Of all adults in the US who own some kind of mobile phone, 53% have a smartphone. This marks the first time that the number has reached above 50%, meaning those cheap, free phones at the store just aren't cutting it anymore. This is the latest data from the Pew Internet & American Life Project, which has become an expert in tracking the way Americans use technology.
That number is also nearly matched by Nielsen, which recently released a report that suggested 48% of mobile phone users in the US were smartphone owners. So however you slice it, the United States is now a smartphone nation. According to Pew, Android is the leading platform, which 20% of mobile phone owners saying they owned an Android device. That was followed closely by the iPhone at 19%. Blackberry chimed in at 6% and Windows Mobile/Windows Phone took 2%.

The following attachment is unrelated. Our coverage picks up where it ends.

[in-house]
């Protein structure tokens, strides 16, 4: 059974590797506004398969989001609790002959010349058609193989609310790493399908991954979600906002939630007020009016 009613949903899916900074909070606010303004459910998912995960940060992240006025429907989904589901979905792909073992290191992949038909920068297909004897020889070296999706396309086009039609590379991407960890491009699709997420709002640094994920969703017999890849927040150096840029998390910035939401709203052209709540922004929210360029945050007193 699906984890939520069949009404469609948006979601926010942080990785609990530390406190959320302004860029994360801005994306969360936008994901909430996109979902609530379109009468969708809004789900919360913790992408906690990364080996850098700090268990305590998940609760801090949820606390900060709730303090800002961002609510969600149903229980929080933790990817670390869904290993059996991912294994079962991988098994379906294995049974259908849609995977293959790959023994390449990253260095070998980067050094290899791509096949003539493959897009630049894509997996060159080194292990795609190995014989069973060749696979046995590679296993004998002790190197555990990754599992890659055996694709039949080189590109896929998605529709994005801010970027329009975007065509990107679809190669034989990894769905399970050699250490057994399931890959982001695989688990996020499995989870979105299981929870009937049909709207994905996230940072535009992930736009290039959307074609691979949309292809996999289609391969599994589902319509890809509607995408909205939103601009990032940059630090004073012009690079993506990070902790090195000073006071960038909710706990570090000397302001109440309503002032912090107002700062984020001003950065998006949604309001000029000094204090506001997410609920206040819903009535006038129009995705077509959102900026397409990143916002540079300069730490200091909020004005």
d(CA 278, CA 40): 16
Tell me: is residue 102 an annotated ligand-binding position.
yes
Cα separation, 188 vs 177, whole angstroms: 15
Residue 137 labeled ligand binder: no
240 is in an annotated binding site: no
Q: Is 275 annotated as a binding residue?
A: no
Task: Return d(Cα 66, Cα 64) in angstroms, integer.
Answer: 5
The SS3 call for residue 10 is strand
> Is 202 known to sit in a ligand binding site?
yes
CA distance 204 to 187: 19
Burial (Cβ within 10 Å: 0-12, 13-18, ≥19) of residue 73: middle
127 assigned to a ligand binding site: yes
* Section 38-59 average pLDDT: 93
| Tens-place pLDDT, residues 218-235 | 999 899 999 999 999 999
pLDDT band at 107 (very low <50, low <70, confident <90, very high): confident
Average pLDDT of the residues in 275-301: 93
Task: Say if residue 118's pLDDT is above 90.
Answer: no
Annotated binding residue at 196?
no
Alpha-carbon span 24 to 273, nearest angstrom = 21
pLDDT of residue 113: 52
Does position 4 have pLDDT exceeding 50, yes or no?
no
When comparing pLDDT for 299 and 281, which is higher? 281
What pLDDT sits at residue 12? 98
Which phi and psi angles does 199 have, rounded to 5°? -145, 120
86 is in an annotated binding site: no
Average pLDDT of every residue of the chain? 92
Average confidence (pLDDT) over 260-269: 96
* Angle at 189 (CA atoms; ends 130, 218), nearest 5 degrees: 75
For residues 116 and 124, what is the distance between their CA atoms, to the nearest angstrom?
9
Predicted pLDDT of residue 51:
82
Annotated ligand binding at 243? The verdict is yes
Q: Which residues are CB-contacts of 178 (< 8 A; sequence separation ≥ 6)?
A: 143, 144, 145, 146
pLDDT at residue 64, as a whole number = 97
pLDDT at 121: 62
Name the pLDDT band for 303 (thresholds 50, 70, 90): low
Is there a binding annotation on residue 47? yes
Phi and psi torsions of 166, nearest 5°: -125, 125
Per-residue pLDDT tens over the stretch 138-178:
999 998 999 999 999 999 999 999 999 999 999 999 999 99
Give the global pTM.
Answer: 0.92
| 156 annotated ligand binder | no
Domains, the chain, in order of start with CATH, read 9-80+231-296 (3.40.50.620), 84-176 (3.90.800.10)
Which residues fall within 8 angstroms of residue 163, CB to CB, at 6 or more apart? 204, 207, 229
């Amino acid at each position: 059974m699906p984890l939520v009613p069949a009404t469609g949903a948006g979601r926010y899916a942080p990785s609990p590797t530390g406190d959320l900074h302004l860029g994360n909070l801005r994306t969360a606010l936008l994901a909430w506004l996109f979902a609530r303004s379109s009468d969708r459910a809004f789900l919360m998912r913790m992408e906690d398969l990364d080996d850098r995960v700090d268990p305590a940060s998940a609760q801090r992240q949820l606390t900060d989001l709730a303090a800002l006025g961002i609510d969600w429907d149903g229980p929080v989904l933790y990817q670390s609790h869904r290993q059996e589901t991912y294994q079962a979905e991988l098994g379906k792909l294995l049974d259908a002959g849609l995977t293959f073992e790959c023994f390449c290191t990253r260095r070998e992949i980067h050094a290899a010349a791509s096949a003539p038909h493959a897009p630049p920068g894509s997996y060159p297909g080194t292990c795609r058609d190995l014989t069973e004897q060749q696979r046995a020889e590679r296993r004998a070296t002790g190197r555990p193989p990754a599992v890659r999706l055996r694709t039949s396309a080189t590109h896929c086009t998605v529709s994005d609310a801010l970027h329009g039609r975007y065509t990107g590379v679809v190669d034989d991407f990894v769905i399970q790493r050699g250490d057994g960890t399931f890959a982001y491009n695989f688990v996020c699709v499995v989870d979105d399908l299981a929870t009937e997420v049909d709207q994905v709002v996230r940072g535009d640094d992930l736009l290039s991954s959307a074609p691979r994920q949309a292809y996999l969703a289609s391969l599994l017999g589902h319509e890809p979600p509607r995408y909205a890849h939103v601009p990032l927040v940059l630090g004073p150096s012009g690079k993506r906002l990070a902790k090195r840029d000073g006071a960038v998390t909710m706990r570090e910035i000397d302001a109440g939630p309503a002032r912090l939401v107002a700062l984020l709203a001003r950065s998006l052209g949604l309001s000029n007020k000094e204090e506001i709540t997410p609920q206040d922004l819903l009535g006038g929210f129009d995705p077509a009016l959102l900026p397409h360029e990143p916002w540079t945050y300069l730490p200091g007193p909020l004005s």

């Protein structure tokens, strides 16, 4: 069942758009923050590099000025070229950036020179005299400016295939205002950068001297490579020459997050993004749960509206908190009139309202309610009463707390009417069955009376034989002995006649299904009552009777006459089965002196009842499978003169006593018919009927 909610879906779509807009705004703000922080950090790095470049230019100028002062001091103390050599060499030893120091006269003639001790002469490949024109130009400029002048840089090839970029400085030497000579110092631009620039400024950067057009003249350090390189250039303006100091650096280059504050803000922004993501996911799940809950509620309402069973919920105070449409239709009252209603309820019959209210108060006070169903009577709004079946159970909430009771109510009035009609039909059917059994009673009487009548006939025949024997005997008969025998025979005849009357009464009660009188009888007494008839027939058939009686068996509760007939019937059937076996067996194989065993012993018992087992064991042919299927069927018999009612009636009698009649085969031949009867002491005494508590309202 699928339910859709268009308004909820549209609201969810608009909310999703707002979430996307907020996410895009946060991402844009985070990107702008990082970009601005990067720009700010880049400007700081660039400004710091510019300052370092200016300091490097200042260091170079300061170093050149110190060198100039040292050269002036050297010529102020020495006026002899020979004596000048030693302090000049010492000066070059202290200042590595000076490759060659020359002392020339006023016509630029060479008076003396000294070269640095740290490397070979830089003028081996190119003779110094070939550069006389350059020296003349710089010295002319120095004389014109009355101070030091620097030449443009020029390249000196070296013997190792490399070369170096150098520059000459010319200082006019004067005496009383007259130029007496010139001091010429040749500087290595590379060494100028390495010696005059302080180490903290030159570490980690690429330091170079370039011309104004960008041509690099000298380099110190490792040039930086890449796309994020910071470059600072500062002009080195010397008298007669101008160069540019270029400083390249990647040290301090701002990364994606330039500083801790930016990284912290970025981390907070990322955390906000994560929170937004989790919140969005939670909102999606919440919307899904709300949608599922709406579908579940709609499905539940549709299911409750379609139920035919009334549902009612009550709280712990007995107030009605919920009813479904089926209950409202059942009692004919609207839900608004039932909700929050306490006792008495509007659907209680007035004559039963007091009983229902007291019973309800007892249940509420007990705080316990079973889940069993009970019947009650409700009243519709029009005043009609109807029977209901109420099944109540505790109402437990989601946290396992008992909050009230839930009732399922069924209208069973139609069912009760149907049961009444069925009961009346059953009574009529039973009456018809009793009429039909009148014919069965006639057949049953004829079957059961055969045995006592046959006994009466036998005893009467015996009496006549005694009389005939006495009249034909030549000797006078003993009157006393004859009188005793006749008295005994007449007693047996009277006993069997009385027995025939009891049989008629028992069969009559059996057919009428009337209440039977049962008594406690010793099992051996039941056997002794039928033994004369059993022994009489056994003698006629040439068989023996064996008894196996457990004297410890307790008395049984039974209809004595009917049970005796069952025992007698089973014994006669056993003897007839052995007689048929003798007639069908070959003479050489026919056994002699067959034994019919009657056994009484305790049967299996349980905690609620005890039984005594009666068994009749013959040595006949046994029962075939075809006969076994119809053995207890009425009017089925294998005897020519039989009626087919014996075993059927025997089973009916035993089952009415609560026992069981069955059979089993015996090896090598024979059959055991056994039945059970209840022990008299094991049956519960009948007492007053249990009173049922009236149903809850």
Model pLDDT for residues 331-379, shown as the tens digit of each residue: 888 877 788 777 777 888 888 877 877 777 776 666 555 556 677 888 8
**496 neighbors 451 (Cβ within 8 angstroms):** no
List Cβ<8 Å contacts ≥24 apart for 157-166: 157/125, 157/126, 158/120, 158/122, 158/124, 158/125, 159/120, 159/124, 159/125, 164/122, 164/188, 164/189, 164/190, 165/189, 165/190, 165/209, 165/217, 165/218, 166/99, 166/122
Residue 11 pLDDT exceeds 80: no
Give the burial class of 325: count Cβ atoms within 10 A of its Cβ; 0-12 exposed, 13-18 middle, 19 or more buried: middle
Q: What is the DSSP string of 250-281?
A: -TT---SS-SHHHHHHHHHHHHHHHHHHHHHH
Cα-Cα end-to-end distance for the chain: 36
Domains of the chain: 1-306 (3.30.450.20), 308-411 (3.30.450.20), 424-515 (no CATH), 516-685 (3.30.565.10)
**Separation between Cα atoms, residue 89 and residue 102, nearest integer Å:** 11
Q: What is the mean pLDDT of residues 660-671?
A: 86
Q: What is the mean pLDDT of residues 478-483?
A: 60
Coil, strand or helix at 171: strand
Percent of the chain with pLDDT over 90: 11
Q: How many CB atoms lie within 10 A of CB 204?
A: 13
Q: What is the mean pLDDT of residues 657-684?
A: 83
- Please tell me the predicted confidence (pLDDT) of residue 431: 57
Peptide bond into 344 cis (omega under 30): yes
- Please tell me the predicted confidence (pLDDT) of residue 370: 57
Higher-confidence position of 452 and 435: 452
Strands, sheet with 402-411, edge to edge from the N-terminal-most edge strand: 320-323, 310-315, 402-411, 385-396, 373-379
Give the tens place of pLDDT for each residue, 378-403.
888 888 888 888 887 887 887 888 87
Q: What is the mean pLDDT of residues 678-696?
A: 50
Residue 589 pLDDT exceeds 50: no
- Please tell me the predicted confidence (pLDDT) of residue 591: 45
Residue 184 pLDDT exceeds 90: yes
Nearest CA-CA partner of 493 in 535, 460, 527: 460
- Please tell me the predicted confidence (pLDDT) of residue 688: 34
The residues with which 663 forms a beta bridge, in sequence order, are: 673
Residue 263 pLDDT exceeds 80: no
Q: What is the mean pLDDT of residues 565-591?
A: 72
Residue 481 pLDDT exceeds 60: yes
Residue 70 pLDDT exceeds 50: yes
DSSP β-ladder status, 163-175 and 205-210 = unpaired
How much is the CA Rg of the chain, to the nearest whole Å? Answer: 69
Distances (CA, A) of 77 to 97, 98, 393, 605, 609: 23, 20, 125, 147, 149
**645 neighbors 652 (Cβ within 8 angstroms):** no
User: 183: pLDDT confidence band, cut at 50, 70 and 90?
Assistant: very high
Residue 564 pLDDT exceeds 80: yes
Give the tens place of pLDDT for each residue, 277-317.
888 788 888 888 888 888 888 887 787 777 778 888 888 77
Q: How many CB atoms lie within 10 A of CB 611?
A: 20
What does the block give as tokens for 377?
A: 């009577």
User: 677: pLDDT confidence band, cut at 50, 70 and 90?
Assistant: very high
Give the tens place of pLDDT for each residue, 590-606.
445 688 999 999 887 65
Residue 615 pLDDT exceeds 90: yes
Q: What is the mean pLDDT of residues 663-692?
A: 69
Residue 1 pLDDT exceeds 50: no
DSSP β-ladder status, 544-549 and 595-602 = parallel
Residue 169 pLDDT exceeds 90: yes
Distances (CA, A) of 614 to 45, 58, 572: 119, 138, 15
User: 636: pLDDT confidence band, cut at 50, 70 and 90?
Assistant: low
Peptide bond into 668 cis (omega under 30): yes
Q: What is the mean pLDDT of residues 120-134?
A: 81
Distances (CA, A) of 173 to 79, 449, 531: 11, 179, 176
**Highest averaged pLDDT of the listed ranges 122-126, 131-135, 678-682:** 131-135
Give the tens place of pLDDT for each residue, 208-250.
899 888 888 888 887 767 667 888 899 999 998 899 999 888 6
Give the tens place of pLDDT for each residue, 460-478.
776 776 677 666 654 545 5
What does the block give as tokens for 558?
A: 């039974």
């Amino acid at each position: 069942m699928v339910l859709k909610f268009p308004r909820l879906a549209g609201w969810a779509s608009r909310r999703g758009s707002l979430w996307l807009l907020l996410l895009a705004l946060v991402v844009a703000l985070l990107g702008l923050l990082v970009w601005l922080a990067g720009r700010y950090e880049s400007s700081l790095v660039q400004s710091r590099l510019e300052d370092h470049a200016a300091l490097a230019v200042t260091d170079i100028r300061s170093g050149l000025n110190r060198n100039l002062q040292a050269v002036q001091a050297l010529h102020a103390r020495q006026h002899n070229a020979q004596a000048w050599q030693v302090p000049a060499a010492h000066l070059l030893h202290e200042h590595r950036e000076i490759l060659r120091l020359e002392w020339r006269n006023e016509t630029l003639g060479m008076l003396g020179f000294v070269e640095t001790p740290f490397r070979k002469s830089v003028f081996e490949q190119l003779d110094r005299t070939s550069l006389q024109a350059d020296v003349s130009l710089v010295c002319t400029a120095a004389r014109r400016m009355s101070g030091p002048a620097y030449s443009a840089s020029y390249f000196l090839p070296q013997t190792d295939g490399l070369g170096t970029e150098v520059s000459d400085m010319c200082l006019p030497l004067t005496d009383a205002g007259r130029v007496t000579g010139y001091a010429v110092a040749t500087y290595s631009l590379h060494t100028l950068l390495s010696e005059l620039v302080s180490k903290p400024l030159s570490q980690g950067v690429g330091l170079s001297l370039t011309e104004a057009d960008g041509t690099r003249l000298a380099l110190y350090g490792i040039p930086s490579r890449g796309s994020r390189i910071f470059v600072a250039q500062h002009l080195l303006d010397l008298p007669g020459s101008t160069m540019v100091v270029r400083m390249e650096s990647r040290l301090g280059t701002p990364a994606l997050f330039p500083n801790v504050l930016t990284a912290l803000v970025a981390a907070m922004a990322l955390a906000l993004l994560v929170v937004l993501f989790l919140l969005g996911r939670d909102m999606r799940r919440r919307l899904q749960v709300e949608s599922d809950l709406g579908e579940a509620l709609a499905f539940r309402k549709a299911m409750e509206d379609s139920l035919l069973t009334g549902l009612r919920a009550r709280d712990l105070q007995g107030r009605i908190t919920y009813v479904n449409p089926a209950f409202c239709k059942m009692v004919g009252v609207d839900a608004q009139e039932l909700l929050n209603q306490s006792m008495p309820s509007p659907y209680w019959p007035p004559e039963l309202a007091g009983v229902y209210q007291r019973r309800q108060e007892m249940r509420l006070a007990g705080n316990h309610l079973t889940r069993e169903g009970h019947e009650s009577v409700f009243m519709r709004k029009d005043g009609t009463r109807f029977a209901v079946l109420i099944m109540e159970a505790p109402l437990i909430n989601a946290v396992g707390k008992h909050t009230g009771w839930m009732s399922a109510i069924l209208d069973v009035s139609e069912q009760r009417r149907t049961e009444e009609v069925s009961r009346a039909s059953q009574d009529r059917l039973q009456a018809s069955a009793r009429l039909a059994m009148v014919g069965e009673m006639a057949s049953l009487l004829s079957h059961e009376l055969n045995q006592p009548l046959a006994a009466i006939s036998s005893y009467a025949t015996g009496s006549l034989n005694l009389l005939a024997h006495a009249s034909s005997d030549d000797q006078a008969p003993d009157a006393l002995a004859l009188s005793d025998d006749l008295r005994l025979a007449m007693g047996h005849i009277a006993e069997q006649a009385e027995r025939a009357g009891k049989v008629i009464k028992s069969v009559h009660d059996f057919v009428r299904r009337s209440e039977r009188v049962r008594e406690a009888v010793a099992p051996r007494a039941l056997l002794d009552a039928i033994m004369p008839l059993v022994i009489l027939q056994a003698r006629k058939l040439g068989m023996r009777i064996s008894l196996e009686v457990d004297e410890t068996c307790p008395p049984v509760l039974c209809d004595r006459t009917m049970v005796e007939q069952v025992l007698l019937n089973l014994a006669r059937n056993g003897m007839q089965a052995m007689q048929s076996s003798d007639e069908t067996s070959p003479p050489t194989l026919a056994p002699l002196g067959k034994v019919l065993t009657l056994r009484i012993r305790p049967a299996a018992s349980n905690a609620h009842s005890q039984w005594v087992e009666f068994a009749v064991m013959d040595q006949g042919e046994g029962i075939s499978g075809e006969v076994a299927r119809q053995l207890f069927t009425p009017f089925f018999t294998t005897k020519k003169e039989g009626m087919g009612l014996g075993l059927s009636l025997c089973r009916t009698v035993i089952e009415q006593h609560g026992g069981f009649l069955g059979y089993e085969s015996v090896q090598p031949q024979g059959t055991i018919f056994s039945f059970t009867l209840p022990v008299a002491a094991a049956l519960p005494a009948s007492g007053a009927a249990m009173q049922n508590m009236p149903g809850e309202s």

These numbers, of course, all only relate to people who own a cell phone. Pew's study found that 12% of US adults don't actually own a cell phone, making the absolute percentage of adults who own a smartphone 46%. And while smartphone ownership is rising across all major demographics, it is still most common among college graduates, people aged 18-35, and/or those with an annual household income of $75,000 or more.